Overflow Channels and Backwater Areas
* Potential permits required: CWA 404, Threatened & Endangered Species, NHPA, Floodplain
* Heavy equipment may be required: Depends on project size.
Materials and Tools needed
varies by project.
Overflow channels are sections of stream that do not normally carry water during average daily flows, but will become active during larger flow events to carry excess water. They serve many benefits to the stream system and the surrounding ecosystems, including:
• Reduces velocity in main channel
• Unique backwater ecosystems
• Provides water ‘storage’ during high flows
• Provides location for sediment to be stored
Little Thompson River on left, overflow/backwater area on right.
Overflow channels are a natural part of many stream systems and they can provide numerous benefits. You may already have overflow channels on your property. If that is the case, you will want to make sure that the overflow channel stays clear enough for higher flows to pass through them. You also want to make sure that the water has a path to return to the main channel of the stream. If you are concerned that the path back to the stream may be blocked by sediment or a landform, contact an engineer, river constructor or your local watershed to help you evaluate the situation. Lastly, if your overflow channels are eroding, you may want to consider stabilizing them with willow stakes and/or other riparian plantings. See the riparian plantings strategy sheet for ideas.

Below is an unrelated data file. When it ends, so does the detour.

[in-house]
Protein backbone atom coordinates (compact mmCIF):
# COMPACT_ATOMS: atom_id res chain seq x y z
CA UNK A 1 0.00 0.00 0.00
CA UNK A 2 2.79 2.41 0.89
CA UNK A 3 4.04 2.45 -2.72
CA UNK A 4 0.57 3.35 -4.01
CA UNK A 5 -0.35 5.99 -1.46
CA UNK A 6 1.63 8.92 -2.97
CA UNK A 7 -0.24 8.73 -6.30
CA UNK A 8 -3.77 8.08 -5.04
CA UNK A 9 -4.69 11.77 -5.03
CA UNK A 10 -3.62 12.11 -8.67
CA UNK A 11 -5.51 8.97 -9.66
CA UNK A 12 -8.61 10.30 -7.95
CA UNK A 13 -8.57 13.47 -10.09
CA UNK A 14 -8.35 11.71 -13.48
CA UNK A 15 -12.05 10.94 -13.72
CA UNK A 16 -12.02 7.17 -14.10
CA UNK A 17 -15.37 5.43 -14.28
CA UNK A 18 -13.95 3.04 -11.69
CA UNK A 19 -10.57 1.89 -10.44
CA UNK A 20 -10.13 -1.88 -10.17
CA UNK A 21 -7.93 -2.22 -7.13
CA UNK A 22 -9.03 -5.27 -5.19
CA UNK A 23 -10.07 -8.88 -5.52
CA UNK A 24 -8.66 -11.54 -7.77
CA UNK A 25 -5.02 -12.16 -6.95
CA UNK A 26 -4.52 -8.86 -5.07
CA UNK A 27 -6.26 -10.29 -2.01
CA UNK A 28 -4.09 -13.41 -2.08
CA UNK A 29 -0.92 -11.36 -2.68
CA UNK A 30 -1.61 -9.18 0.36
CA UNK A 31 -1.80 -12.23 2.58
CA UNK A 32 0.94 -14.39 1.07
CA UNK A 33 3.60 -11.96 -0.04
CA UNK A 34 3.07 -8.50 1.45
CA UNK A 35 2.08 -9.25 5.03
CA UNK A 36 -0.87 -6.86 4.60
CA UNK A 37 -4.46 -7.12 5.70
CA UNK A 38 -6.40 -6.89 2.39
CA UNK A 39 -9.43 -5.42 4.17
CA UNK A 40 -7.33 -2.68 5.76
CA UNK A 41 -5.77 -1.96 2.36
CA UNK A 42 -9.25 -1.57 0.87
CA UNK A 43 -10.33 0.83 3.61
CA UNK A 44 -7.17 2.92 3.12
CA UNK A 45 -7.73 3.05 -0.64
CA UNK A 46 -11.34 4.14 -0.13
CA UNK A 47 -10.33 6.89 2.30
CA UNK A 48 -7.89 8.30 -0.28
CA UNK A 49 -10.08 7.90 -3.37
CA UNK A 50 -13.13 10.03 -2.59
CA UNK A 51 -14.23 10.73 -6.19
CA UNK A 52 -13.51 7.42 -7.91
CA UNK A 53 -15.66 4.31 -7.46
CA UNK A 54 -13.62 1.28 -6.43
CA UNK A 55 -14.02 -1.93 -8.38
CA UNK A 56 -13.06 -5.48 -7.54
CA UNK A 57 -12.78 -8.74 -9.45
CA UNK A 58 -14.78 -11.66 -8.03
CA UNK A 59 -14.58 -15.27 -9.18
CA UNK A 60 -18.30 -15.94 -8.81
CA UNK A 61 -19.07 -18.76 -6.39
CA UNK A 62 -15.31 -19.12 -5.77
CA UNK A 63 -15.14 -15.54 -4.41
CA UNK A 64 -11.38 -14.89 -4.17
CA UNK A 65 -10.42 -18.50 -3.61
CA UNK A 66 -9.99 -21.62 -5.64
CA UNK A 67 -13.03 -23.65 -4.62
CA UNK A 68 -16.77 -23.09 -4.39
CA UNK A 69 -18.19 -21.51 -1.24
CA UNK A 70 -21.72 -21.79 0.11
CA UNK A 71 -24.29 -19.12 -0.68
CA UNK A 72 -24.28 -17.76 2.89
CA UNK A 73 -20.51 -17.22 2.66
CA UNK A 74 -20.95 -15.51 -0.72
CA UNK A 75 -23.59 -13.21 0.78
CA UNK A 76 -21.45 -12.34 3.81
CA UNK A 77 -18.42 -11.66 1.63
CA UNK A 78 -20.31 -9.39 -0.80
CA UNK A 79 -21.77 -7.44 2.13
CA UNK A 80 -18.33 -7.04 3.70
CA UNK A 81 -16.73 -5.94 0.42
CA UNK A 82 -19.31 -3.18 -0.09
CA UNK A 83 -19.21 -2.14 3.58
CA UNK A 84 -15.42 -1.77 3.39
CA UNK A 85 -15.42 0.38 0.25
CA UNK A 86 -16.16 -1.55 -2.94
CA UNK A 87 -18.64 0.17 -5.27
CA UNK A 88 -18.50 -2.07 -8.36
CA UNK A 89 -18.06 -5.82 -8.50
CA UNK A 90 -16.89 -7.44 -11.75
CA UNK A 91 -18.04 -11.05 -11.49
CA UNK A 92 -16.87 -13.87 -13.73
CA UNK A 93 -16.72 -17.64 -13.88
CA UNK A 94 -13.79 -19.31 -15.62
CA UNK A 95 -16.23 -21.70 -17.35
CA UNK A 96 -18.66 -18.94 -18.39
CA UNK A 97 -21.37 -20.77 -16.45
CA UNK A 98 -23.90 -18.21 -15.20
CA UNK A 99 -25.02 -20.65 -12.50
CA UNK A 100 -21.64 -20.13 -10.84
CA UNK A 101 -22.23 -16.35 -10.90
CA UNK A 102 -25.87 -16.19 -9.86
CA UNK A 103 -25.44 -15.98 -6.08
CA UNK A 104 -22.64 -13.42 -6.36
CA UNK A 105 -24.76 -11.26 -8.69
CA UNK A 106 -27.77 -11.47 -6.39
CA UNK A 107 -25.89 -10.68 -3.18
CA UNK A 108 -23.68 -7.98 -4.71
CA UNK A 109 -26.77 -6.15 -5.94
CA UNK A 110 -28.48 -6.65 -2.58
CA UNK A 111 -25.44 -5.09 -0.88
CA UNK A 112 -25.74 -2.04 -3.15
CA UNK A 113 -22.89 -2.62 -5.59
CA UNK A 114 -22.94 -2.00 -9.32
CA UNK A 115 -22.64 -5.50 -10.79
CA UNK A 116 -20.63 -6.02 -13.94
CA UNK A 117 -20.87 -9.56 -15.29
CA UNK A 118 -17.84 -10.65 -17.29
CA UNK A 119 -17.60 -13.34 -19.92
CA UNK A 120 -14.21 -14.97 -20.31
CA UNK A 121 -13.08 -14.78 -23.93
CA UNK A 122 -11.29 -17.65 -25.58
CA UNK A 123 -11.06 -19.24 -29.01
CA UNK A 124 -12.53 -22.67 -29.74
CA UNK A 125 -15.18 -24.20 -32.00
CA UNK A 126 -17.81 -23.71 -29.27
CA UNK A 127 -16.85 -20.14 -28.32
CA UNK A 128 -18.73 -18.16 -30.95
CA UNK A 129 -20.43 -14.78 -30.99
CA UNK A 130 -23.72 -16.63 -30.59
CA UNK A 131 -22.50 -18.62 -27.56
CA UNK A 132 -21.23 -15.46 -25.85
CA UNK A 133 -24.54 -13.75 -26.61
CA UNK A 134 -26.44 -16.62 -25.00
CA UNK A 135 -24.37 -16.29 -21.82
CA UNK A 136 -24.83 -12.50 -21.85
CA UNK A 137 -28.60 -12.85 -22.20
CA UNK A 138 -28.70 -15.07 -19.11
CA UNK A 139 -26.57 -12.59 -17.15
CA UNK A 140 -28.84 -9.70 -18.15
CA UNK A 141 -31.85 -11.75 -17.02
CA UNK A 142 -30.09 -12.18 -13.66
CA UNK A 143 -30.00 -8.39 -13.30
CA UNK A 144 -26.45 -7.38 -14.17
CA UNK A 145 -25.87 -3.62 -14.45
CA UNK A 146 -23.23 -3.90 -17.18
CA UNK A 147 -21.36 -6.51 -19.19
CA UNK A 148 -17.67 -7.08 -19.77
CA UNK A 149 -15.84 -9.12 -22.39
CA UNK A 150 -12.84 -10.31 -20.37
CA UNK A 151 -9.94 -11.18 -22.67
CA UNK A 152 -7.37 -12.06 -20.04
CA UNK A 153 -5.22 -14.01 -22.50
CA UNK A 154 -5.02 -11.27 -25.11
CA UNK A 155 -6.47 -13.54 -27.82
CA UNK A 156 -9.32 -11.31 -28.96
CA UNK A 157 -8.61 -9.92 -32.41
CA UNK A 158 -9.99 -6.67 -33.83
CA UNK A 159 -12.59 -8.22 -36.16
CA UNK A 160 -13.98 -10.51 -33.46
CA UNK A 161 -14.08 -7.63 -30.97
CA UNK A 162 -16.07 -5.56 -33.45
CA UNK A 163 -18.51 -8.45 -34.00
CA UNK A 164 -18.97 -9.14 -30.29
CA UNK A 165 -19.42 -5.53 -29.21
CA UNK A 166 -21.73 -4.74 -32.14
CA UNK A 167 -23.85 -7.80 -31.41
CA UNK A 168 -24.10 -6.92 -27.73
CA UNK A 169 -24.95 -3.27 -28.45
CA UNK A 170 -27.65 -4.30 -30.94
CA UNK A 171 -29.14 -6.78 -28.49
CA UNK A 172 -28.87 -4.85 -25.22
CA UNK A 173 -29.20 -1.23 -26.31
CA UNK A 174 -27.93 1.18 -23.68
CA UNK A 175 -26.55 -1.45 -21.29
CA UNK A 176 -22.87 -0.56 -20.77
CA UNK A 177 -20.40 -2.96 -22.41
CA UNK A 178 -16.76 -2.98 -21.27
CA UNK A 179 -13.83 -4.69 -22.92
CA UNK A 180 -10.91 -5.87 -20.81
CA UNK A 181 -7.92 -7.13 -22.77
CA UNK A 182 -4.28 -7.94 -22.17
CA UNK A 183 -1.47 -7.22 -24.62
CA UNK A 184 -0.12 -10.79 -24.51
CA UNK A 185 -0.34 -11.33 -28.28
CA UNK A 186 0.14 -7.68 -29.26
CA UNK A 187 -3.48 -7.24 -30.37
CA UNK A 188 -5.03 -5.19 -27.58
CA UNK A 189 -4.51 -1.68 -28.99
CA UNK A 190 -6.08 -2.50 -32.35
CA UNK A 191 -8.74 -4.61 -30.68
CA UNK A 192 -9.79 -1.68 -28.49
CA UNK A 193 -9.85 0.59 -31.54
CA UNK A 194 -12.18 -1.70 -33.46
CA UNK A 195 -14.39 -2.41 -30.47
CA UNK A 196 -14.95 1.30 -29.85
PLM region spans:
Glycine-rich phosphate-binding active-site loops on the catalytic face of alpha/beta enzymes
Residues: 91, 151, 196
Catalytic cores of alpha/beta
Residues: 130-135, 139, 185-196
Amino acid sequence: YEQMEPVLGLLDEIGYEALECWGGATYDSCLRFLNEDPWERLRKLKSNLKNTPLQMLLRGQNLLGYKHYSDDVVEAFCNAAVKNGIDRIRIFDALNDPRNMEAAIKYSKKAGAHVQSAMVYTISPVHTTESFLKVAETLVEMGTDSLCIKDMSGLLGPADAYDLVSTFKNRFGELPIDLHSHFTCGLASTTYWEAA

If you don’t currently have overflow channels on your property, you may be interested in adding them. Developing overflow channels can require extensive outside help to design a properly functioning system that does not have negative impacts on the floodplain or private properties. Overflow channels should be set at or near the annual high water level. When designed this way, the overflow channel will see active flows during spring runoff and during storm events. At other times of the year, the channel will be mostly dry. Care also has to be taken in designing the location of the overflow channel to reduce the chance of erosion or sediment deposition.
If you are interested in creating a new overflow channel, you will want to discuss a number of factors with the engineers designing the project. This includes understanding how often the overflow channel will carry water, how much water will flow through it and where it will be aligned on the property. Overflow channels should be provided to reduce the flow in the main channel but they should not direct flows towards a structure.